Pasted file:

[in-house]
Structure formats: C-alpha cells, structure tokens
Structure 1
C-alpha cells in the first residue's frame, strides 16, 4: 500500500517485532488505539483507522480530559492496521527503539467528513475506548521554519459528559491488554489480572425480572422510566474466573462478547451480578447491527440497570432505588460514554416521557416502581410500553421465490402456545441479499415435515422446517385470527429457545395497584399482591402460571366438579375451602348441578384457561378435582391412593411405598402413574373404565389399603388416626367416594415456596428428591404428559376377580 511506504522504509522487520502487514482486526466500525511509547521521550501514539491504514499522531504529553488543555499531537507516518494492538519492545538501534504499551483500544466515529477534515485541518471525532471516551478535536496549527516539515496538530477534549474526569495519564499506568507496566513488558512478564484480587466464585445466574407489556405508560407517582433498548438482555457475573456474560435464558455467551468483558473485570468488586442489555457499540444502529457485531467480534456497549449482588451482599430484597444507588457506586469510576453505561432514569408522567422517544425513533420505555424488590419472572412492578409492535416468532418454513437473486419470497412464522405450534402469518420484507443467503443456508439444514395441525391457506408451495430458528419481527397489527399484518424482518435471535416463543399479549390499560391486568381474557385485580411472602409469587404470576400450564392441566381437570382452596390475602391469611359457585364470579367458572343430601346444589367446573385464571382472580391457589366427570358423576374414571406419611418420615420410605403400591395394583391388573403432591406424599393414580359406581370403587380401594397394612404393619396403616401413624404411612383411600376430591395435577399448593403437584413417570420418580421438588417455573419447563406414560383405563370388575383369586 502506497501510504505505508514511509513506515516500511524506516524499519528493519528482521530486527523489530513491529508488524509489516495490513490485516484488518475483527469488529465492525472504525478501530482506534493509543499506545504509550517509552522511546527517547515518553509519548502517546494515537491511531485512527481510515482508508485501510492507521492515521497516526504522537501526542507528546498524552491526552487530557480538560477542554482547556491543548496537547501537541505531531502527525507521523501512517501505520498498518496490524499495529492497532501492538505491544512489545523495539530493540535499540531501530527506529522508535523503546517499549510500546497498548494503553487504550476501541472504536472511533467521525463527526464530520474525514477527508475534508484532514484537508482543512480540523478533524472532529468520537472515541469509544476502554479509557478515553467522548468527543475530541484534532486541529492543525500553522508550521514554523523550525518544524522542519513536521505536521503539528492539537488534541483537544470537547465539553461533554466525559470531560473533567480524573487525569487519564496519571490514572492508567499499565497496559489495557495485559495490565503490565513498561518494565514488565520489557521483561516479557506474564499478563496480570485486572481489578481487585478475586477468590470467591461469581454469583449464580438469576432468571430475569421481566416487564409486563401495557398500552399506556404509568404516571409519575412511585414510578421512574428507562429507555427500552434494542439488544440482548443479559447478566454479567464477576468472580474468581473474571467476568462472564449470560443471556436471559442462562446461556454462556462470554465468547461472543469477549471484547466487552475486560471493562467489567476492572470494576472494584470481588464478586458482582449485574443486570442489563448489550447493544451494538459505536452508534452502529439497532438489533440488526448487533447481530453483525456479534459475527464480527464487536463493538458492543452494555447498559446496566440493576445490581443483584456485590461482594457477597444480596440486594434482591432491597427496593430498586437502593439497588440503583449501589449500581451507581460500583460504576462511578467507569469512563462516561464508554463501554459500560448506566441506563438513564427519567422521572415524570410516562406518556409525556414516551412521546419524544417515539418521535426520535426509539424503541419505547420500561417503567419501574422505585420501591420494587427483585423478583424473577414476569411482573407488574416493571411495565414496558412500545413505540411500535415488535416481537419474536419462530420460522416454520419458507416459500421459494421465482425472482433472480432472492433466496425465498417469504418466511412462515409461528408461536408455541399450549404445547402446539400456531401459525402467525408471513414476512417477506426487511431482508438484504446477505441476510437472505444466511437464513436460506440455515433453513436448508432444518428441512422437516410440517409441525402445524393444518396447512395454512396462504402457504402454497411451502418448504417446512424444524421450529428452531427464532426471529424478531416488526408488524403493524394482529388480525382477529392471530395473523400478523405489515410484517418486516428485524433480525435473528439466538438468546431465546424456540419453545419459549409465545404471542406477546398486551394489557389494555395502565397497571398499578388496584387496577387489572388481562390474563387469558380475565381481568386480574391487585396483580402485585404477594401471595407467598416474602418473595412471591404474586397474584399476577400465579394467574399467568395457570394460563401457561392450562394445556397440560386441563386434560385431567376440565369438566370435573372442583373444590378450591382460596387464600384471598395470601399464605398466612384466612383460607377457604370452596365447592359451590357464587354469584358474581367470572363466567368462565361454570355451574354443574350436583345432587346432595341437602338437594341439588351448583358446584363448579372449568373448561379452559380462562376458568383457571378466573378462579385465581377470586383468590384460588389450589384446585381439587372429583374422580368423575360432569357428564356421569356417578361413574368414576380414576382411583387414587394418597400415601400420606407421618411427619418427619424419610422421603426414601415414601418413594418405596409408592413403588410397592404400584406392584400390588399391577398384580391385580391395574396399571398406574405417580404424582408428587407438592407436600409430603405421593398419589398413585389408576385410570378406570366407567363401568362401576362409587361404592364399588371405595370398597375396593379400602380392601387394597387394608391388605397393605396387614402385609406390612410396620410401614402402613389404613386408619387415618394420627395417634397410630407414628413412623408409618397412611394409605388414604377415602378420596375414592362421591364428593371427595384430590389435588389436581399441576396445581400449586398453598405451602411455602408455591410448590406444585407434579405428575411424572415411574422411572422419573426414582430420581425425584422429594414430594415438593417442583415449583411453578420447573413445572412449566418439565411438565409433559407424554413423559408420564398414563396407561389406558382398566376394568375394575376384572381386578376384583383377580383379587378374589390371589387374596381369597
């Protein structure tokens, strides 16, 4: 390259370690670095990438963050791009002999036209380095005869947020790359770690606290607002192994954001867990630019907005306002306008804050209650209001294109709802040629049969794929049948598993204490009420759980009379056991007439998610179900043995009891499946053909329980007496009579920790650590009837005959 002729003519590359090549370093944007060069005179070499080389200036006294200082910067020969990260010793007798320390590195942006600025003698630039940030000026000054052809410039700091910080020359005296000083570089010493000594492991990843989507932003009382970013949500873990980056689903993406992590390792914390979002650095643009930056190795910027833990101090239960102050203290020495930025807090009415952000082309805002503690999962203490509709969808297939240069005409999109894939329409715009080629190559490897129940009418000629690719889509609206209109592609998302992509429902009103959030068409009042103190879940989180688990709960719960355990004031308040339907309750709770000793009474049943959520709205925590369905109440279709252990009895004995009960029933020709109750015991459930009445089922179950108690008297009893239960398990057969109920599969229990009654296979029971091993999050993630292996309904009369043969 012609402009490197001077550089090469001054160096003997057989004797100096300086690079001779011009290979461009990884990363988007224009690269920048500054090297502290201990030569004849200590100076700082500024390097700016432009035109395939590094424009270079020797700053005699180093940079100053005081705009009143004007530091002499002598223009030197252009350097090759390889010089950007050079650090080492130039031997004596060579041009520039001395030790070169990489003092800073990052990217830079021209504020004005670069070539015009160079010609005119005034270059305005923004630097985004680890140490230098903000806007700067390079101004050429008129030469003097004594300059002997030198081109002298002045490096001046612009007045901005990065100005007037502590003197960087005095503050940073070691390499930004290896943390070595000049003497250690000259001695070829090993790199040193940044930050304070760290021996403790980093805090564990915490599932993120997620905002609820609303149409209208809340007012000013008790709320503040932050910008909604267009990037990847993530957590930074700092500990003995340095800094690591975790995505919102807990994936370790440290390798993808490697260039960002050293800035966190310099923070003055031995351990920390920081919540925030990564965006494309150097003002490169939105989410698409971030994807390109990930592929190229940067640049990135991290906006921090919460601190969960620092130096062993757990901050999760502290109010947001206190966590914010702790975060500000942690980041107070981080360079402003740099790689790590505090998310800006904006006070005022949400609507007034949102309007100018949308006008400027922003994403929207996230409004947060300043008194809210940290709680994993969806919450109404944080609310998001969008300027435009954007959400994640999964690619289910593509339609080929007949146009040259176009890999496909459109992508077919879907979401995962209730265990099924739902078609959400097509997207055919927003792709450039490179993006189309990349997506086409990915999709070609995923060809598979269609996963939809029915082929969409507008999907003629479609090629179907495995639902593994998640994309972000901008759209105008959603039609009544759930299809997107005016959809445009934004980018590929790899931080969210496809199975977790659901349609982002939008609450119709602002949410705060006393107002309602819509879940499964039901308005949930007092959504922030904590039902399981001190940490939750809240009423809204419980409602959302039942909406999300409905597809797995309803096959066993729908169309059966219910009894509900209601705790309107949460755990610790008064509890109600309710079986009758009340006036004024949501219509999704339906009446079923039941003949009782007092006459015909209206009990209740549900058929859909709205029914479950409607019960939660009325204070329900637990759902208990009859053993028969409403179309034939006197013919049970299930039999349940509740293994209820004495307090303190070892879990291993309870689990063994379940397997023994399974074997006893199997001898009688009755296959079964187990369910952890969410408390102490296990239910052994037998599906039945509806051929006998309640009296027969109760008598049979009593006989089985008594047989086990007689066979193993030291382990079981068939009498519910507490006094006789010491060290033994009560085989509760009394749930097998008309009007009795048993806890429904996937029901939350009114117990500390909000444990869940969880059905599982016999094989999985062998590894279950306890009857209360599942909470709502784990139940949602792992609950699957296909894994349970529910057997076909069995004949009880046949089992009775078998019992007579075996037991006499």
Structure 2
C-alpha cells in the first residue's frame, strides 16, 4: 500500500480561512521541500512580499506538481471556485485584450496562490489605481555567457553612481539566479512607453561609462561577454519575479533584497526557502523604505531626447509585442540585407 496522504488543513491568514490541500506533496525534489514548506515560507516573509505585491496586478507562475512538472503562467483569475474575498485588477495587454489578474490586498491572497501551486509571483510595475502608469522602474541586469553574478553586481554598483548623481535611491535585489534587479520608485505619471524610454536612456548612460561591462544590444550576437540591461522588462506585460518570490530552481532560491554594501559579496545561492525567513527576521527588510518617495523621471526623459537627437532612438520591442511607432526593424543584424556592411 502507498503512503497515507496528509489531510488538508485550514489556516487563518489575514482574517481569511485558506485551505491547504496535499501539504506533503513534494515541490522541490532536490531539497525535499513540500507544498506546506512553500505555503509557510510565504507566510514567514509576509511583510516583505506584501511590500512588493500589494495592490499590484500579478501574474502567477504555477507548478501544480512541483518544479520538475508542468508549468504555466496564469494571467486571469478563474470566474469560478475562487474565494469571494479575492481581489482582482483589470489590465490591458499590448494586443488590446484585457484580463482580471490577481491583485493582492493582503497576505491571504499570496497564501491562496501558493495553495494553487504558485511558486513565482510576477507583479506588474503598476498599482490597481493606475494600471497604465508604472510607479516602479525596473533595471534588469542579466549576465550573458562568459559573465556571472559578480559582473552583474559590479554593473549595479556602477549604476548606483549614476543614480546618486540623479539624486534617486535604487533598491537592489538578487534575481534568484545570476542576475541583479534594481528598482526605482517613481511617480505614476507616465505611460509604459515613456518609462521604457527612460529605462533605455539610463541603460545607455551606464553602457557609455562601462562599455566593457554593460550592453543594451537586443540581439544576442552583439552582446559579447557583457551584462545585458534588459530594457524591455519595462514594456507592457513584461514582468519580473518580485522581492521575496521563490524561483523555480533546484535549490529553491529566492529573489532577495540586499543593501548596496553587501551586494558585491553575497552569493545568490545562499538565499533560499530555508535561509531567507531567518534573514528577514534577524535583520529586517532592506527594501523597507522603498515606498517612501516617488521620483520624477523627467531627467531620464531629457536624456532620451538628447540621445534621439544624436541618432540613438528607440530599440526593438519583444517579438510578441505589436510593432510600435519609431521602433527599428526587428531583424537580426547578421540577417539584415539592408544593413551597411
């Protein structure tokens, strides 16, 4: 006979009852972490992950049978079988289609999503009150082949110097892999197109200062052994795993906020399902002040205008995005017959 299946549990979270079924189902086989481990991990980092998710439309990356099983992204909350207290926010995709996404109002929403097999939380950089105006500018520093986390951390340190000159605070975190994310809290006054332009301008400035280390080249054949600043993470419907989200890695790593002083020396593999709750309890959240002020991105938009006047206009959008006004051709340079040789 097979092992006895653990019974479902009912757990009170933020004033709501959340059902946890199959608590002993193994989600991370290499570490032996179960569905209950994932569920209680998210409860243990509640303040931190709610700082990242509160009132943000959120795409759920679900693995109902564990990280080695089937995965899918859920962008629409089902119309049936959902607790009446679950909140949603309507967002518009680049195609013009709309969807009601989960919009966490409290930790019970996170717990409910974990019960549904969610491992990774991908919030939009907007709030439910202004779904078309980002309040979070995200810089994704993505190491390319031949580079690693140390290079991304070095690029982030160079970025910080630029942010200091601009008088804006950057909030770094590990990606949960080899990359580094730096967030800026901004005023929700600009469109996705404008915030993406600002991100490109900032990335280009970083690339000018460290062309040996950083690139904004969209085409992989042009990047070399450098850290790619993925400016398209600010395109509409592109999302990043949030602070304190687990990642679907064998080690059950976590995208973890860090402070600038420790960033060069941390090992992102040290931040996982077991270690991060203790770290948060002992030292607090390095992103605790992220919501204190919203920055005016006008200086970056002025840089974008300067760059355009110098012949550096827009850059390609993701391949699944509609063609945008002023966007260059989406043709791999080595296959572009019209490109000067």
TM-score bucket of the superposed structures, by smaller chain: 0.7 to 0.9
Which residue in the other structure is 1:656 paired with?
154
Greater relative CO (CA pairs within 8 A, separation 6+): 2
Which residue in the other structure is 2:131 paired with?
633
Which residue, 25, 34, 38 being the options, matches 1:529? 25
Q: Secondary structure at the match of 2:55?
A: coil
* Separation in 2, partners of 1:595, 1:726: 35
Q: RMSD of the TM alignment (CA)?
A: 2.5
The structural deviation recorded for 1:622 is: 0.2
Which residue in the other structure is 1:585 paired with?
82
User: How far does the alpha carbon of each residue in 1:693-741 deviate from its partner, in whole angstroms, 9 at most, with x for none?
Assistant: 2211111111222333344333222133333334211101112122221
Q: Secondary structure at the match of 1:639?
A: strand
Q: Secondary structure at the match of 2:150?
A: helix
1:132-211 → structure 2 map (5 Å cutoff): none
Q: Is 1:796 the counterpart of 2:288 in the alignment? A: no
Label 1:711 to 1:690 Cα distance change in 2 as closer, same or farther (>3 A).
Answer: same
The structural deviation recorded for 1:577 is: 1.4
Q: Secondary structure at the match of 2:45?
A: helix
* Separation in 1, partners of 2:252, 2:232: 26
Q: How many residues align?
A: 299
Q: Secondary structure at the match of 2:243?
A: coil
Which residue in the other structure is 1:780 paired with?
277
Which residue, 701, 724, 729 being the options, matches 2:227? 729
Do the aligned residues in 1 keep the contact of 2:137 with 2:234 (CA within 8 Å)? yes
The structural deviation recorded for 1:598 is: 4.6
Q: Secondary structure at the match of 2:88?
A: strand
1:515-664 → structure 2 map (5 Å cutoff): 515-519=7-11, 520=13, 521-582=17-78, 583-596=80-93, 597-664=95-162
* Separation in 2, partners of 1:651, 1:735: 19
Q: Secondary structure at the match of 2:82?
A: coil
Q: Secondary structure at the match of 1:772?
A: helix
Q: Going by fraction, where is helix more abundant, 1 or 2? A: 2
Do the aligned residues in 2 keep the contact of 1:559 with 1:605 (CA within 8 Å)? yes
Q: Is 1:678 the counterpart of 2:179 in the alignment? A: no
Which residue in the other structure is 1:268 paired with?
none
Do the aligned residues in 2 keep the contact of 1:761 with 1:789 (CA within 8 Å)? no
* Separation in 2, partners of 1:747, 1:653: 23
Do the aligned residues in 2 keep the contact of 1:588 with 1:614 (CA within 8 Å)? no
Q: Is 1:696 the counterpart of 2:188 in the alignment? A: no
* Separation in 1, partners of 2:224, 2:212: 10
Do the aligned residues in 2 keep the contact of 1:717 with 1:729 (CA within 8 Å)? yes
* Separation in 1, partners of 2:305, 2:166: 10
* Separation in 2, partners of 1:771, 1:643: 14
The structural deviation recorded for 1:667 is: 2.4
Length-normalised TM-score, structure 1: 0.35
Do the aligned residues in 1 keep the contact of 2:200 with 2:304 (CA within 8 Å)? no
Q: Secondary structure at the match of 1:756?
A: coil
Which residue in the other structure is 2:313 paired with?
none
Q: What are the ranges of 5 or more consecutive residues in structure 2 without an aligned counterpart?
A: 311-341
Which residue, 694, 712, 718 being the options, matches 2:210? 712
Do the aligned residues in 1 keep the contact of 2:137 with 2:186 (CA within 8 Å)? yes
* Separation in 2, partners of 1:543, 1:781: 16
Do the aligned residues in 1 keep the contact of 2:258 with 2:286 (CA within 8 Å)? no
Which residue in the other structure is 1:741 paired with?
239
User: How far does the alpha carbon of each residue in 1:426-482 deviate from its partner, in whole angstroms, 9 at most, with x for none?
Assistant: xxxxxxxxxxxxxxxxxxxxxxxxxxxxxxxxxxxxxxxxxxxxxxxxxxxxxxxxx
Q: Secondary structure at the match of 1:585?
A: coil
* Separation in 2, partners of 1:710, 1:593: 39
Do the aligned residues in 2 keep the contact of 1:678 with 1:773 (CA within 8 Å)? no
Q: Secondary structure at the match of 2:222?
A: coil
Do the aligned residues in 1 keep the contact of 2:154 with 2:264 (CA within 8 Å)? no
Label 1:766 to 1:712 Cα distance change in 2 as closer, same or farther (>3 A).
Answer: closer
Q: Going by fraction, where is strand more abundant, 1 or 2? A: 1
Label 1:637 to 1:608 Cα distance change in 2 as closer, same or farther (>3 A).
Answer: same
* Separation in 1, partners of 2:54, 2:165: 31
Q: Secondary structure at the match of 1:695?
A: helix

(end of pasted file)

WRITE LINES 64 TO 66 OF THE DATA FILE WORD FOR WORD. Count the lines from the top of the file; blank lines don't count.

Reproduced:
* Separation in 1, partners of 2:224, 2:212: 10
Do the aligned residues in 2 keep the contact of 1:717 with 1:729 (CA within 8 Å)? yes
* Separation in 1, partners of 2:305, 2:166: 10